This document guides you through an implementation of website search using the web crawler and Elastic App Search.
For a quicker introduction, see Website search quickstart.
This guide focuses on a concrete use case: building a search experience for a website. For this example, we chose the Elastic blog at https://www.elastic.co/blog.
There are many ways to implement website search, but it usually involves the following steps:
- Get your website content into Elasticsearch and keep it up to date.
- Integrate search into your website UI.
- Improve your search results and continually evaluate the performance of your search results.
In this guide, we’ll accomplish the above using the following tools:
- Index content into Elasticsearch: We will use the web crawler UI to crawl the website, ingest webpage content, to be stored as documents in an Elasticsearch index.
- Search content: We will create an App Search engine based on the Elasticsearch index. This will allow us to use App Search’s out-of-the-box capabilities to generate a Search UI.
- Optimize search results We will use relevance tuning to optimize the search results.
- Analytics and insights: We will use App Search analytics to refine and improve the search experience with synonyms and curations.
Follow the instructions to crawl the Elastic blog. Once you’re comfortable with the steps involved, use this guide as a blueprint for your own website search use cases.
Table of contents:
To use Enterprise Search features you need a subscription, a deployment, and a user. You get all three when you start an Elastic Cloud trial.
Create an Elastic Cloud deploymentedit
This step assumes you are a new Elastic Cloud user. Skip this step if your team already has an Elastic Cloud deployment.
Start by signing up for a free Elastic Cloud trial. After creating an account, you’ll have an active subscription, and you’ll be prompted to create your first deployment.
Follow the steps to Create a new deployment. For more details, refer to Create a deployment in the Elastic Cloud documentation.
The Elastic web crawler was introduced in Enterprise Search 8.4.0, so be sure to use version 8.4.0 or later. The web crawler is not available at all Elastic subscription levels, but free trial users have access to all features.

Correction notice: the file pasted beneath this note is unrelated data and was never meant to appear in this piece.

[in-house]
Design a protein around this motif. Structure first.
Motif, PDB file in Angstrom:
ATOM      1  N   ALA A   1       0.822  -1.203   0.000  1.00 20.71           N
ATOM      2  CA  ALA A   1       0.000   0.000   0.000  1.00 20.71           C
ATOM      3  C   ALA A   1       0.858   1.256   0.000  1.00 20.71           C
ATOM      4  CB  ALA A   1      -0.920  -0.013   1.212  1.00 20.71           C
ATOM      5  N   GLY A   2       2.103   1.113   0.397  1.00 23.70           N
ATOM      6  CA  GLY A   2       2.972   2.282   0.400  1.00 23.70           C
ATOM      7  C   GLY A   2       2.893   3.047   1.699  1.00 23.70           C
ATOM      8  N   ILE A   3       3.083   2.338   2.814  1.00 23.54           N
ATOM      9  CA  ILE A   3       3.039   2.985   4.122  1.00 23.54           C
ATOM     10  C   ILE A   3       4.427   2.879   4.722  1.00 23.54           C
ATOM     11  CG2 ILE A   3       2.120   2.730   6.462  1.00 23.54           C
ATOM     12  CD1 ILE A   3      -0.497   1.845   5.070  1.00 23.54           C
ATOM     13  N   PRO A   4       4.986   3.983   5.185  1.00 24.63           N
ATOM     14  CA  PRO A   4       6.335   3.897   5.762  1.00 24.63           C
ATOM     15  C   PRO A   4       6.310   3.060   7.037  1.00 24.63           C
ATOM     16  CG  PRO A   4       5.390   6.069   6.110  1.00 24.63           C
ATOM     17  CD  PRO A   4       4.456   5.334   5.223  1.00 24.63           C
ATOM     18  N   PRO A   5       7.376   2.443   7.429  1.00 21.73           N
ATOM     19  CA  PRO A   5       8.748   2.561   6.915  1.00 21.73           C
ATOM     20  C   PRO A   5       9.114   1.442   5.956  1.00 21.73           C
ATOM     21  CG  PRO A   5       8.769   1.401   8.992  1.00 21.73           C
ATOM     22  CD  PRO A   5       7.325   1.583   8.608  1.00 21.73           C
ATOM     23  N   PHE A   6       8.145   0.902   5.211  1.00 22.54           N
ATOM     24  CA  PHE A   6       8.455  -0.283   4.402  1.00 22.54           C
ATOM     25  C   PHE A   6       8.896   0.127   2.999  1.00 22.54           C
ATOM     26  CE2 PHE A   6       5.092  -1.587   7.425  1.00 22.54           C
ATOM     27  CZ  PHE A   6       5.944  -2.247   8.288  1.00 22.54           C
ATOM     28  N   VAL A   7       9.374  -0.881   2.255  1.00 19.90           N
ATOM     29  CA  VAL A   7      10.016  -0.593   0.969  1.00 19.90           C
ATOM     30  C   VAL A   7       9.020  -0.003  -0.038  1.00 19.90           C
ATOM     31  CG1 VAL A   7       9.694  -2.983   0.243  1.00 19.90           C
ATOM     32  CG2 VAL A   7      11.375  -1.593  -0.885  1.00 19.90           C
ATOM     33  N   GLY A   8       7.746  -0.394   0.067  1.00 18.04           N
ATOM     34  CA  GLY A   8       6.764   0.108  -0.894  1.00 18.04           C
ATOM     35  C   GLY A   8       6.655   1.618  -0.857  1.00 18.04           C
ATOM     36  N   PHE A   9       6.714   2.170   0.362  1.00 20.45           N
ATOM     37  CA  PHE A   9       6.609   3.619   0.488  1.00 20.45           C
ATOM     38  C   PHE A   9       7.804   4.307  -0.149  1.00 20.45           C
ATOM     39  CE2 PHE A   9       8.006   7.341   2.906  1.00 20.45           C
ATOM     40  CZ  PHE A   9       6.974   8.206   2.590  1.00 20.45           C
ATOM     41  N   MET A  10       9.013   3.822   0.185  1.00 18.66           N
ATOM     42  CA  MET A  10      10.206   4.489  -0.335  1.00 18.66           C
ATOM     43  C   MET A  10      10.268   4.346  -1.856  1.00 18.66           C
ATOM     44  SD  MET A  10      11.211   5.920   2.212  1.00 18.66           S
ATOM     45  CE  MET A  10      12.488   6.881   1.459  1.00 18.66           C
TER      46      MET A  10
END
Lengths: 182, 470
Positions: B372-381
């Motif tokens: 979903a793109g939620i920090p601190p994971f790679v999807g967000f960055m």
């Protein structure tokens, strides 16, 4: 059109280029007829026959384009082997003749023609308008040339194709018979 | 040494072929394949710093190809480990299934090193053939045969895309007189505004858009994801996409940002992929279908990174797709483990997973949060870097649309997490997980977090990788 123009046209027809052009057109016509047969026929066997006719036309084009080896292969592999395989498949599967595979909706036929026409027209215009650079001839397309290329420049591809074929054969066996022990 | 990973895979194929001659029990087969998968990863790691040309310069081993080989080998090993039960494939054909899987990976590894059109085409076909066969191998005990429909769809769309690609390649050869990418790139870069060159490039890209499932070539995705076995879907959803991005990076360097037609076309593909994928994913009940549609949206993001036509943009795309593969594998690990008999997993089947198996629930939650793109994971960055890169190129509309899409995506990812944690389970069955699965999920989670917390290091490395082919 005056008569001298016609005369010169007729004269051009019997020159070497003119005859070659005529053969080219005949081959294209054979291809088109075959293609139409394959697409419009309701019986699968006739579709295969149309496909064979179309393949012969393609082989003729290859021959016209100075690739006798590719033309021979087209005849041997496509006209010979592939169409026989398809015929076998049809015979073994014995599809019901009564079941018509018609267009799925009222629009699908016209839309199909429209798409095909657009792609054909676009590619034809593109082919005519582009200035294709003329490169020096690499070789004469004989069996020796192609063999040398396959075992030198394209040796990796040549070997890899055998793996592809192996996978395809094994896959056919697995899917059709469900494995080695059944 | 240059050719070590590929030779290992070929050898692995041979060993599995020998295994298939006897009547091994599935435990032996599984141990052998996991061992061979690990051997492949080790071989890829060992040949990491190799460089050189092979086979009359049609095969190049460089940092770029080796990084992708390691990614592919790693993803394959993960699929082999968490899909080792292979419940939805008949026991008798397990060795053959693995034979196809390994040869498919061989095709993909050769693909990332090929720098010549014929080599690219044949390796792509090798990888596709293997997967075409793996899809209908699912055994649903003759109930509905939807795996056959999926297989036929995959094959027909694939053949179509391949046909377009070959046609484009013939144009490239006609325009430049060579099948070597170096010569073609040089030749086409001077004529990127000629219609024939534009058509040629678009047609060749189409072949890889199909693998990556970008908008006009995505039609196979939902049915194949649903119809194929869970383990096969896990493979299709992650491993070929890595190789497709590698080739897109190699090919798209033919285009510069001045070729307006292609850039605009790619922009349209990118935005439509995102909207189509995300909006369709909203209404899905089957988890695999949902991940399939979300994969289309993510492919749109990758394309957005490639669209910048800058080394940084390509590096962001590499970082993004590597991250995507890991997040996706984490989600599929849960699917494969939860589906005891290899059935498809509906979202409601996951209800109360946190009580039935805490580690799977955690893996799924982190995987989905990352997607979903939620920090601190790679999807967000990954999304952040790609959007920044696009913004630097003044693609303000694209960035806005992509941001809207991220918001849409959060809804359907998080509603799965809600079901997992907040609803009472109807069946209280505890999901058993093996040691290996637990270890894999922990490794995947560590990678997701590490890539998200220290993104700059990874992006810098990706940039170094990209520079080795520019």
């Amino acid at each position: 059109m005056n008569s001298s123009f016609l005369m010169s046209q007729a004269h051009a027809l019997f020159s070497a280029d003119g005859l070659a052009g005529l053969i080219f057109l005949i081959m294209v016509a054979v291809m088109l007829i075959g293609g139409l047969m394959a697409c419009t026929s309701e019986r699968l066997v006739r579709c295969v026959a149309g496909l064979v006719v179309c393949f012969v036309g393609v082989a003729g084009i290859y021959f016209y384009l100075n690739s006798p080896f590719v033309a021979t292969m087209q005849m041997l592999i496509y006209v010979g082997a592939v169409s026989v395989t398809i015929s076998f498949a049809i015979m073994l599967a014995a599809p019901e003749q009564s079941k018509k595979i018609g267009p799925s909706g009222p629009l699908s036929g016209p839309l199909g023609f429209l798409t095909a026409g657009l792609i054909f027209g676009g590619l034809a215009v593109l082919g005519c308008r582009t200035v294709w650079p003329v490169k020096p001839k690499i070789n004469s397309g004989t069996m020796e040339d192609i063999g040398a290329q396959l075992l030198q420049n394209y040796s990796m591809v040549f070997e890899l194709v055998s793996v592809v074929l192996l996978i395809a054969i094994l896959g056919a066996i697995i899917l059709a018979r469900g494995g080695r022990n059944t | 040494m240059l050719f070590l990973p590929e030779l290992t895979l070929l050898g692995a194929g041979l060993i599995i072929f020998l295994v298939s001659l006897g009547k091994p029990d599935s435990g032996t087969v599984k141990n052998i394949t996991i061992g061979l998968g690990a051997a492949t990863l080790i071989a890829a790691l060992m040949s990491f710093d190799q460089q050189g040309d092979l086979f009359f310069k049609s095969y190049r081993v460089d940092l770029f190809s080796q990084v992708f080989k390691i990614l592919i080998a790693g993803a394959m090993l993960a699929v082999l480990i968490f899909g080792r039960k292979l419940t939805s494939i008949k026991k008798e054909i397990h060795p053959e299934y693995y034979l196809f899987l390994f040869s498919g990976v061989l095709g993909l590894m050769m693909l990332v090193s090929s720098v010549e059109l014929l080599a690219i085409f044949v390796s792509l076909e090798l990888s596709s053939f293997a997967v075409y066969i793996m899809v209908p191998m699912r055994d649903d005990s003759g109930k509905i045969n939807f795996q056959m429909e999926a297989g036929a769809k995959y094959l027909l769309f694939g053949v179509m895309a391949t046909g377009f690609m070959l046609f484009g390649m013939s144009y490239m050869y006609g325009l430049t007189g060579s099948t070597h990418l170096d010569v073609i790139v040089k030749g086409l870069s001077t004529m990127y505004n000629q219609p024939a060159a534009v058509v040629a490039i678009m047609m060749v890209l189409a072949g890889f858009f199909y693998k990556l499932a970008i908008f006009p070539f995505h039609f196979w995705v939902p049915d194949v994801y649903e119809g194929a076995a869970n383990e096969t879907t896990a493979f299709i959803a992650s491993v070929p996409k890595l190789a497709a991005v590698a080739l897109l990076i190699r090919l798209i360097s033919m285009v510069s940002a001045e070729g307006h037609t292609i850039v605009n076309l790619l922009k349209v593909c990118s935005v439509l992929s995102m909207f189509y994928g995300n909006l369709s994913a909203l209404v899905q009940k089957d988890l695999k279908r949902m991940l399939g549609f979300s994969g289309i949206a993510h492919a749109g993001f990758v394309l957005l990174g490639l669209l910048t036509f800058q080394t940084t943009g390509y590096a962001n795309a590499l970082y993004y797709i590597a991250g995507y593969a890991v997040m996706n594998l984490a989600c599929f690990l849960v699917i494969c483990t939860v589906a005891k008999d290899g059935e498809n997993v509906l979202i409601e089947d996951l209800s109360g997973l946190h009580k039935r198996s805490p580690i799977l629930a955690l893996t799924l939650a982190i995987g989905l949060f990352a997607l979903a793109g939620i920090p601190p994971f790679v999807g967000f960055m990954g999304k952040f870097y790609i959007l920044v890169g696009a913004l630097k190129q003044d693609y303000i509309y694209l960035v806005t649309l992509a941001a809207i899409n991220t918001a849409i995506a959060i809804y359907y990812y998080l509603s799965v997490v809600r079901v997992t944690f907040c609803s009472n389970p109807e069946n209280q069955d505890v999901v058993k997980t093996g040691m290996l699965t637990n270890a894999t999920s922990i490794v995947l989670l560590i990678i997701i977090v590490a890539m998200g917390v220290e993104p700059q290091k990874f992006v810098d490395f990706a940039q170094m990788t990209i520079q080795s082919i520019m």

Ingestion mechanism: the web crawleredit
We will use the web crawler UI to extract and transform webpage content into Elasticsearch documents.
Create an Elasticsearch indexedit
The crawler will store the indexed content in a search-optimized Elasticsearch index.
When you create a new deployment, you will be taken to a landing page with a number of options. Select Search my data to be taken directly to the Search overview page, where you can create an Elasticsearch index. Alternatively, in the main menu navigate to Search → Content → Indices.
Follow these steps in Kibana to create your index:
- Select Create an Elasticsearch index.
- Choose Use the web crawler as your ingestion method.
Name your new index, for example
- Choose your document language. We’ll use English in this example.
You are now ready to add domains.
When you create a search-optimized Elasticsearch index using a Search ingestion method the index name is automatically prefixed with
In this example your index will be named:
Add domain and entry pointsedit
We now need to add our domain, which will be validated by the crawler. Follow these steps to add your domain and entry points:
When you create your index you will be automatically navigated to Manage domains for that index.
To navigate there manually go to Search > Content > Indices > elastic-blog> Manage domains.
Enter the domain to be crawled:
https://www.elastic.co. The web crawler will not crawl any webpages outside of the defined domains.
- Review any warnings flagged by the domain validation process. For this exercise, you can ignore any indexing restrictions that are reported.
- Add the domain.
Under Entry points, select Edit and append
/blogto the domain URL:
The crawler now knows where to start crawling.
Add crawl rulesedit
Use crawl rules to restrict which domain paths get crawled. We’ll set crawl rules to disallow any pages that aren’t part of the blog.
For this example we want to focus on blog post titles that contain the term
We don’t need all pages under
https://www.elastic.co/blog, so we’ll also disallow any path that begins with
Add the following crawl rules: